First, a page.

New nanoscale motion sensors could be created thanks to studies conducted at McGill University.
A team in the department of chemistry at the academic institution has been investigating the use of cadmium selenide quantum dots, already known to have applications in devices of different types.
They claim that the chemical could allow for advances in piezoelectric technology - such as the creation of power supplies with large output voltages created by a small compression.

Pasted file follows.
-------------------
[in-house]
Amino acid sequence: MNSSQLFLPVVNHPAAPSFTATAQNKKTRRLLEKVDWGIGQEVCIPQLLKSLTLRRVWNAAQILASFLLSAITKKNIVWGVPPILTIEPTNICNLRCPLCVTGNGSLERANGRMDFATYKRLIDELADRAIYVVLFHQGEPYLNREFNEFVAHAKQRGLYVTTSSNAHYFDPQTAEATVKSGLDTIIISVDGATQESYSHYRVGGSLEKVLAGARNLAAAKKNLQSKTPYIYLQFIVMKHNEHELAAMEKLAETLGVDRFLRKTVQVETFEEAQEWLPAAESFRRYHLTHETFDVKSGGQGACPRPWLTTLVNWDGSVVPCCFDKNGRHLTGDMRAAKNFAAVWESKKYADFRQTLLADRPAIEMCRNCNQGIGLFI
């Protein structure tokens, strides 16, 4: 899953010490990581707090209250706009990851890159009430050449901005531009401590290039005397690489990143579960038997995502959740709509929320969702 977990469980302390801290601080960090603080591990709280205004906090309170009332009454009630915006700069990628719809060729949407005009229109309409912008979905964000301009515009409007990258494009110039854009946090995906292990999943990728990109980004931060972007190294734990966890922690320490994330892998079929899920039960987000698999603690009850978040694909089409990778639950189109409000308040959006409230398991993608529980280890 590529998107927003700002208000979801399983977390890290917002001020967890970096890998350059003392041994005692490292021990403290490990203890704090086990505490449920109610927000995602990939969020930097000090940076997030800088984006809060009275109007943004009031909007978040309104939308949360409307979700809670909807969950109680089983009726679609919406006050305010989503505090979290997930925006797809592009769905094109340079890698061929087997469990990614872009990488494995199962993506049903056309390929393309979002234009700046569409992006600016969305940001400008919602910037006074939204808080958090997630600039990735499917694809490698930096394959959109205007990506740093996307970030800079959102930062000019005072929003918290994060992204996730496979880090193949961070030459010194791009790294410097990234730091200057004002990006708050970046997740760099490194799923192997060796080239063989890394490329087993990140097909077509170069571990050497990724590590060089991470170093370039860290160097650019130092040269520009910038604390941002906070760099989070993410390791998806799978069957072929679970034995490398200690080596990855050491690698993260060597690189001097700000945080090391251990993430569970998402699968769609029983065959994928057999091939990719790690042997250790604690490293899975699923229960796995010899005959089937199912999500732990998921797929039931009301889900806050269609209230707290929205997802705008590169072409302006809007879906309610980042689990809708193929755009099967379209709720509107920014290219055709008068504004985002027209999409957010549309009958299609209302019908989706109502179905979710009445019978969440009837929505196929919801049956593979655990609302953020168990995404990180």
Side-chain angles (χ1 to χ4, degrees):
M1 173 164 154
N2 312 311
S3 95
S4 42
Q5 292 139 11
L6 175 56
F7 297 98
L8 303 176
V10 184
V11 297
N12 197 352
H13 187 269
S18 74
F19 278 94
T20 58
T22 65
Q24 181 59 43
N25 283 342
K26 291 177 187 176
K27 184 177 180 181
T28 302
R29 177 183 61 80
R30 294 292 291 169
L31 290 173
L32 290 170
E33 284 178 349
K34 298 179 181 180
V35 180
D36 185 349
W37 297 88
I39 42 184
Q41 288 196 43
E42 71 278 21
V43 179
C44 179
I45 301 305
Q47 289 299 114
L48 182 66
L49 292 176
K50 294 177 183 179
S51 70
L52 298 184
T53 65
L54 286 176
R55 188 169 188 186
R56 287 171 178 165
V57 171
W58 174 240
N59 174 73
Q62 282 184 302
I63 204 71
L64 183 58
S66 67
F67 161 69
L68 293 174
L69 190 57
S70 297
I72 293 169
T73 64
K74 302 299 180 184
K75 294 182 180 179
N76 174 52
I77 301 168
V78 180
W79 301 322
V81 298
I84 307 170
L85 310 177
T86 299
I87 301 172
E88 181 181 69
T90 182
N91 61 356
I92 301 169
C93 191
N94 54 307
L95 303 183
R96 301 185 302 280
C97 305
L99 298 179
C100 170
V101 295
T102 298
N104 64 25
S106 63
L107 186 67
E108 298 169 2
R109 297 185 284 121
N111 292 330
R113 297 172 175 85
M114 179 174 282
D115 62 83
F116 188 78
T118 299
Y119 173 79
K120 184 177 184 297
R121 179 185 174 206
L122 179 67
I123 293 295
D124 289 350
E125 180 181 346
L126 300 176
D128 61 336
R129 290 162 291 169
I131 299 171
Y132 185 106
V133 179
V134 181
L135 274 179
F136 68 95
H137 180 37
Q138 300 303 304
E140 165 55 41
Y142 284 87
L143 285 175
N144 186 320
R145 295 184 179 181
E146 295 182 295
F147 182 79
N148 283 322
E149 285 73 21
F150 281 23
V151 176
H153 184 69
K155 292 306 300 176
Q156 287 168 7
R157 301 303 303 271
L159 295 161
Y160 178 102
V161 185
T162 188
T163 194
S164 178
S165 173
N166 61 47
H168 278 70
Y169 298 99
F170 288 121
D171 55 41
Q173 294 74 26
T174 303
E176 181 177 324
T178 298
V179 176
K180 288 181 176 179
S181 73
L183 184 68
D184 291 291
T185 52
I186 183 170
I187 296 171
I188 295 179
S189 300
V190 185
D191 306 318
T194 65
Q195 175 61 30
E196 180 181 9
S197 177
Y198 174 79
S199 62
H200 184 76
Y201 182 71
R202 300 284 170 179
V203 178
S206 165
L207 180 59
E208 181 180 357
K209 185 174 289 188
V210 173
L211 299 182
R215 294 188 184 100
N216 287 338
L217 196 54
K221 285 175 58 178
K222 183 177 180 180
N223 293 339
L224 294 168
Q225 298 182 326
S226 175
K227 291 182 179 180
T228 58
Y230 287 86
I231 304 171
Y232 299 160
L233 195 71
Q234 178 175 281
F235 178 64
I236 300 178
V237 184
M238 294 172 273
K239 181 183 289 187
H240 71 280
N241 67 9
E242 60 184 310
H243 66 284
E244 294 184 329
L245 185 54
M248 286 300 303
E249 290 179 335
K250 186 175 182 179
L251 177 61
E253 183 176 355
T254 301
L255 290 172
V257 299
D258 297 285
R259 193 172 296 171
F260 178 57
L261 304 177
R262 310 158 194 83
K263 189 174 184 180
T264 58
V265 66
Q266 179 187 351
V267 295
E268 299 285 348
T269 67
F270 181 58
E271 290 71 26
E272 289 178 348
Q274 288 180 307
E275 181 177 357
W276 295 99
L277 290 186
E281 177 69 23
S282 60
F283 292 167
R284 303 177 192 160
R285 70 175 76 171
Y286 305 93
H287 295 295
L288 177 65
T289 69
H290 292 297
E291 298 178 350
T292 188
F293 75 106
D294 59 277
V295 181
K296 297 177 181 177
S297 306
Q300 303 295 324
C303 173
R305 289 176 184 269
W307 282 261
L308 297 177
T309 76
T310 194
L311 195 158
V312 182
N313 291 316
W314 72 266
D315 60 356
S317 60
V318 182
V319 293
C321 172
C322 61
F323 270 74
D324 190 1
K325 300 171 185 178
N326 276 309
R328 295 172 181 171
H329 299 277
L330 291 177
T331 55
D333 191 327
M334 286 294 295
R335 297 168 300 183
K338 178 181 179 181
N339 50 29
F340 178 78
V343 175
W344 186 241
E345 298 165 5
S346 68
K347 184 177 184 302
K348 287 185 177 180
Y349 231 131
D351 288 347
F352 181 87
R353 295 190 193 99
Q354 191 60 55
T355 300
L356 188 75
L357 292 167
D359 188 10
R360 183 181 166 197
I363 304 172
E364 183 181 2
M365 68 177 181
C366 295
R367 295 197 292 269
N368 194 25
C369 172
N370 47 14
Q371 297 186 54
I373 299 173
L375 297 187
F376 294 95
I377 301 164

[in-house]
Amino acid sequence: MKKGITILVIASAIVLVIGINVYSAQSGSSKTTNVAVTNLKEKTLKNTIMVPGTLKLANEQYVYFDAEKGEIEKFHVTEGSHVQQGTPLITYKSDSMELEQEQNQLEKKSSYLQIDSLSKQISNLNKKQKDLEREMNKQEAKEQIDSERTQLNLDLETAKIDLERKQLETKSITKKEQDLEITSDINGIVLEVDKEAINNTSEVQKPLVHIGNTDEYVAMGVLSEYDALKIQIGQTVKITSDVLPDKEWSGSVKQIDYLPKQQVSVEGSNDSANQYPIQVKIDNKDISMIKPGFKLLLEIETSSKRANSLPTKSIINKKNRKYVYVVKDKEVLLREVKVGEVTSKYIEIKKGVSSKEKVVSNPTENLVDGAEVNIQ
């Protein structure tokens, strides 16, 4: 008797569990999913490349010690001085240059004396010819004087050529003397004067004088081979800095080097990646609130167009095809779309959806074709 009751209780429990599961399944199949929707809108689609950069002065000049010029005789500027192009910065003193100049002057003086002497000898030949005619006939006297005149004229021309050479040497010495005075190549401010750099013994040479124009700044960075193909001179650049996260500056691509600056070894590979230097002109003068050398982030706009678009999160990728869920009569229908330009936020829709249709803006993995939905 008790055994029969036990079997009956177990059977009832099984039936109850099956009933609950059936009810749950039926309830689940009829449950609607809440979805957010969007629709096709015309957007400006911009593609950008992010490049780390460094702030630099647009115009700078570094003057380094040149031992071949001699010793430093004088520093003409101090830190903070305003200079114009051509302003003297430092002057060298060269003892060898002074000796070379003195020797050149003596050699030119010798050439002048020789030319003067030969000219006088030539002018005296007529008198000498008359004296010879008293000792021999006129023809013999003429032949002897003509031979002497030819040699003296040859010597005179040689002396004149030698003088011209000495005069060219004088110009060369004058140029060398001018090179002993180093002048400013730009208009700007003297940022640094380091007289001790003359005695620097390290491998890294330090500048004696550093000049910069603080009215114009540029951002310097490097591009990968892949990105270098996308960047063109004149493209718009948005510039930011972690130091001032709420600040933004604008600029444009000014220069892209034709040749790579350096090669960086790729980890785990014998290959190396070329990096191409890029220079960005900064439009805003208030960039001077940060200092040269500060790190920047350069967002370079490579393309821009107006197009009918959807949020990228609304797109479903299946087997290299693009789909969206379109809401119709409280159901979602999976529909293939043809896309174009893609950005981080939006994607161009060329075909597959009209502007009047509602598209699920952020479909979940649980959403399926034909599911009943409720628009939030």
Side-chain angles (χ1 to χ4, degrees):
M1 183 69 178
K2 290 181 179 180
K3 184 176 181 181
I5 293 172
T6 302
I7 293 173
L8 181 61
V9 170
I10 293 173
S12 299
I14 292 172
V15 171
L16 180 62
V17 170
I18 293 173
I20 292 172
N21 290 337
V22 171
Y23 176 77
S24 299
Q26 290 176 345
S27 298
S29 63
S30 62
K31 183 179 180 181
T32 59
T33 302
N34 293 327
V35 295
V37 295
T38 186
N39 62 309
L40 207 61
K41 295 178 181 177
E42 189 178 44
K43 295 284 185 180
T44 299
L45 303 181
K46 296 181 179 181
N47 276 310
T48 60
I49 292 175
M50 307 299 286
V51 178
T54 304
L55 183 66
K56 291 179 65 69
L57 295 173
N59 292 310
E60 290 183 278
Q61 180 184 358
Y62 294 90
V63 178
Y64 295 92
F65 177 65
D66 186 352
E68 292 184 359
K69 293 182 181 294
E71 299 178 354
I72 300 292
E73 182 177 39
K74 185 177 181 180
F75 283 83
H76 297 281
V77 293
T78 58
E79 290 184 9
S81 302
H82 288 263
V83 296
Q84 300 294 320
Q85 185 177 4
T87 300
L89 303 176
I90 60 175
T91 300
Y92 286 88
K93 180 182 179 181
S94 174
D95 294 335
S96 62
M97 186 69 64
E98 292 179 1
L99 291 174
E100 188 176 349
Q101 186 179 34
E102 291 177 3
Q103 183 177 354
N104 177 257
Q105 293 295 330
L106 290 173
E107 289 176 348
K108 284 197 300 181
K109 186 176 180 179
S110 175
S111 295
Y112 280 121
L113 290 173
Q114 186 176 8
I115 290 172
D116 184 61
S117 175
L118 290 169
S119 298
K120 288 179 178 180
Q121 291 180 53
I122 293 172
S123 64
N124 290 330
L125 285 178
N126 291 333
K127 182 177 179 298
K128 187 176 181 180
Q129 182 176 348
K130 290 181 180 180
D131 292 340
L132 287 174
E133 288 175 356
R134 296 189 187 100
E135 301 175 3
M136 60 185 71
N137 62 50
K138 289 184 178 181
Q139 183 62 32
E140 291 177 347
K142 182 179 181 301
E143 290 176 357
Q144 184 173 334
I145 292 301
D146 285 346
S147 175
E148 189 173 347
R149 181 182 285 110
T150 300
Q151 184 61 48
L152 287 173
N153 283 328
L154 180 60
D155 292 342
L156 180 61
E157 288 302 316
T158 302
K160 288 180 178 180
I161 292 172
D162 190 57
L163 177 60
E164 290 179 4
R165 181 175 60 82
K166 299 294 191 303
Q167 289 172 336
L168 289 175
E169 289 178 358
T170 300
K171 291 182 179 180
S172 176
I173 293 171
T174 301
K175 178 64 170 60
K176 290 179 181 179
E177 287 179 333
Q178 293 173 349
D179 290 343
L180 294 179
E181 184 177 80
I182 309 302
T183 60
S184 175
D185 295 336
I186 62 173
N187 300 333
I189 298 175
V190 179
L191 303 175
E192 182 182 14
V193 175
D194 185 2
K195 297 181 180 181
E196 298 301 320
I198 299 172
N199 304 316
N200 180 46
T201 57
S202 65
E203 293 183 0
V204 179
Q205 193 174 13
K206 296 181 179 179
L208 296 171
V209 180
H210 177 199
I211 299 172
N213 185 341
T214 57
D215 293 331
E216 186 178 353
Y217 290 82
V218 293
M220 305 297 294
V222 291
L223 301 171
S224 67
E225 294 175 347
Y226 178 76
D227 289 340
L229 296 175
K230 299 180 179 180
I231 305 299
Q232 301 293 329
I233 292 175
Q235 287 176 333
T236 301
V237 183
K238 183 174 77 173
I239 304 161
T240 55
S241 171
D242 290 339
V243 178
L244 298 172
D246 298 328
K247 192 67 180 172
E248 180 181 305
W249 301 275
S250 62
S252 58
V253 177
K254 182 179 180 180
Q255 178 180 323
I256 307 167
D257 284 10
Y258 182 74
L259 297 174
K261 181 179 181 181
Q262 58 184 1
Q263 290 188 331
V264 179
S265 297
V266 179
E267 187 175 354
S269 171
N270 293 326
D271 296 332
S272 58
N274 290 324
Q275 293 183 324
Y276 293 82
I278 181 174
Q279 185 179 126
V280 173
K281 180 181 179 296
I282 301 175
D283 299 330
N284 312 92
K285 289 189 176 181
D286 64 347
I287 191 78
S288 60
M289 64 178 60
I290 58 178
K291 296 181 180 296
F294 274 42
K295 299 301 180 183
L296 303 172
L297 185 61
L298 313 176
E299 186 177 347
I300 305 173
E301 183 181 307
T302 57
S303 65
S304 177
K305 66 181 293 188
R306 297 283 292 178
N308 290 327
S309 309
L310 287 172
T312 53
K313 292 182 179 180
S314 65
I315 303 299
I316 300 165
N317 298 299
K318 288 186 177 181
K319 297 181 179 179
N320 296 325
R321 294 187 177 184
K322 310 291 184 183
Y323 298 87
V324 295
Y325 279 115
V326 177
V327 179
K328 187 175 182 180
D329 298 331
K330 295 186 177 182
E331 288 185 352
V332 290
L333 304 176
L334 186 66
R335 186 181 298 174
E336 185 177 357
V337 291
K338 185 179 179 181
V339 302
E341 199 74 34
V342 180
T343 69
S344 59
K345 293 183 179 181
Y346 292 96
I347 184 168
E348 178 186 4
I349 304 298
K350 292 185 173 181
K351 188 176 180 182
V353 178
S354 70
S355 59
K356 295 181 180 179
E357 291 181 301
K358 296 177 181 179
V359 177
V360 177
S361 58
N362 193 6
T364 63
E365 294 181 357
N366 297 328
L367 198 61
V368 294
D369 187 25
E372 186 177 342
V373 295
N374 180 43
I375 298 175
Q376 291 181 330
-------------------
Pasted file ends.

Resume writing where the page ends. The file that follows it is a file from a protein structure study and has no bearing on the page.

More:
In their studies, the scientists have succeeded in controlling the piezoelectric effect - used in devices including motion sensors and watches - at a very small scale.
When compression is applied, the quantum dot expands and rapidly returns to its original size, creating a vibration that can be used in equipment and which the researchers say they can manage with a high degree of control.
Studies were conducted by the Kambhampati research group at McGill University's Montreal campus.